APOPKA, Fla. -- For Vickey Campbell, owning her own house was always in her prayers.

But in Campbell’s prayers is where her lifelong dream stayed for many years.  She had six children to raise, and she says working several jobs just wasn’t enough -- her family kept getting kicked out of apartments.

“You think you can unpack and then two months later, you’re back out,” said Campbell.

Her car often became her home.

“It gets sad, it gets depressing, but you don’t want to show that in front of your kids so you put on a brave face,” said Campbell.

Then she heard about Habitat for Humanity of Seminole County and Greater Apopka, which helped her buy a home with a no-profit mortgage.

“Oh, I can breathe, I can afford to pay my mortgage,” said Campbell.

Health problems stopped her from taking part in the building of her home. But her children, who she had stayed so strong for -- for so many years -- kept her spirits up.

“My kidney was shutting down, and I said, ‘Oh good lord, you’re not going to do this,’ said Campbell. “And my kids visited me in the hospital and they said you’re going to be alright.”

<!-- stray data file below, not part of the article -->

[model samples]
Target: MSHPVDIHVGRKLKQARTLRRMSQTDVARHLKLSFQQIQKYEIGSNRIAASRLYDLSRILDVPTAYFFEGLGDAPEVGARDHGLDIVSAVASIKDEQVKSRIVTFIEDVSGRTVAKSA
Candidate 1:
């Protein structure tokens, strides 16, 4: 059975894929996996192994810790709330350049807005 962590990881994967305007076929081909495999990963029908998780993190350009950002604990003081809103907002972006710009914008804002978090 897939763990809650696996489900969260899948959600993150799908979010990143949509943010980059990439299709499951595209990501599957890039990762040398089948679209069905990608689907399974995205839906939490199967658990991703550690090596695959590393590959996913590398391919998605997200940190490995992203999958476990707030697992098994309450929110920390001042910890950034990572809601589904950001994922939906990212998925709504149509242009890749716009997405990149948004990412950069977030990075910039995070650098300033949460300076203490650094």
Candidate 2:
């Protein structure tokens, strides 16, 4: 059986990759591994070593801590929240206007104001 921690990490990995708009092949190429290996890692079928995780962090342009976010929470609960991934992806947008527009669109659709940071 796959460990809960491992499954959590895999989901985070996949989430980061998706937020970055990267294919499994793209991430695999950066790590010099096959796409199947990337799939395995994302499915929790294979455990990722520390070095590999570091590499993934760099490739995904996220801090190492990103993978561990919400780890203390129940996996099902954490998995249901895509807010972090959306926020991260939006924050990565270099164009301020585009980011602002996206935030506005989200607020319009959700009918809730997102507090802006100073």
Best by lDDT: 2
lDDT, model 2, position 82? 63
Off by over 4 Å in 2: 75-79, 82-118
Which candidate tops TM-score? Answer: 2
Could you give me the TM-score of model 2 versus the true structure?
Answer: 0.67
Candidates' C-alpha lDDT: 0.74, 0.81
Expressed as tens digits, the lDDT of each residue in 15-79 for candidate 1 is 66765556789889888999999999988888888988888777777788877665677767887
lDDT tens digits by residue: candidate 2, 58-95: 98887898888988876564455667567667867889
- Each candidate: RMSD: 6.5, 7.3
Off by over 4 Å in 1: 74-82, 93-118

Back in spring, nearly 300 volunteers -- mostly women -- began constructing Campbell’s home in Apopka. After several months, she got the keys to her brand-new home.

“Oh God, this is a dream come true. This is a dream come true,” said Campbell. “Through it all I did it, I did it. I’m so happy.”

Campbell is 49 years old. For the first time in her life, she’ll have her own bedroom.

“I am so happy right now,” said Campbell. “My heart is overjoyed to look out this front door and say this house belongs to me, and you cannot take it away from me.”

Campbell says along with Habitat for Humanity’s help, it also took a lot of hard work to get where she’s at. She has a message for people who feel like their stuck in a situation like she was in.

“Never give up, never give up,” said Campbell.

To learn more about how Habitat for Humanity works and how to help, visit habitatseminoleapopka.org/how-habitat-works.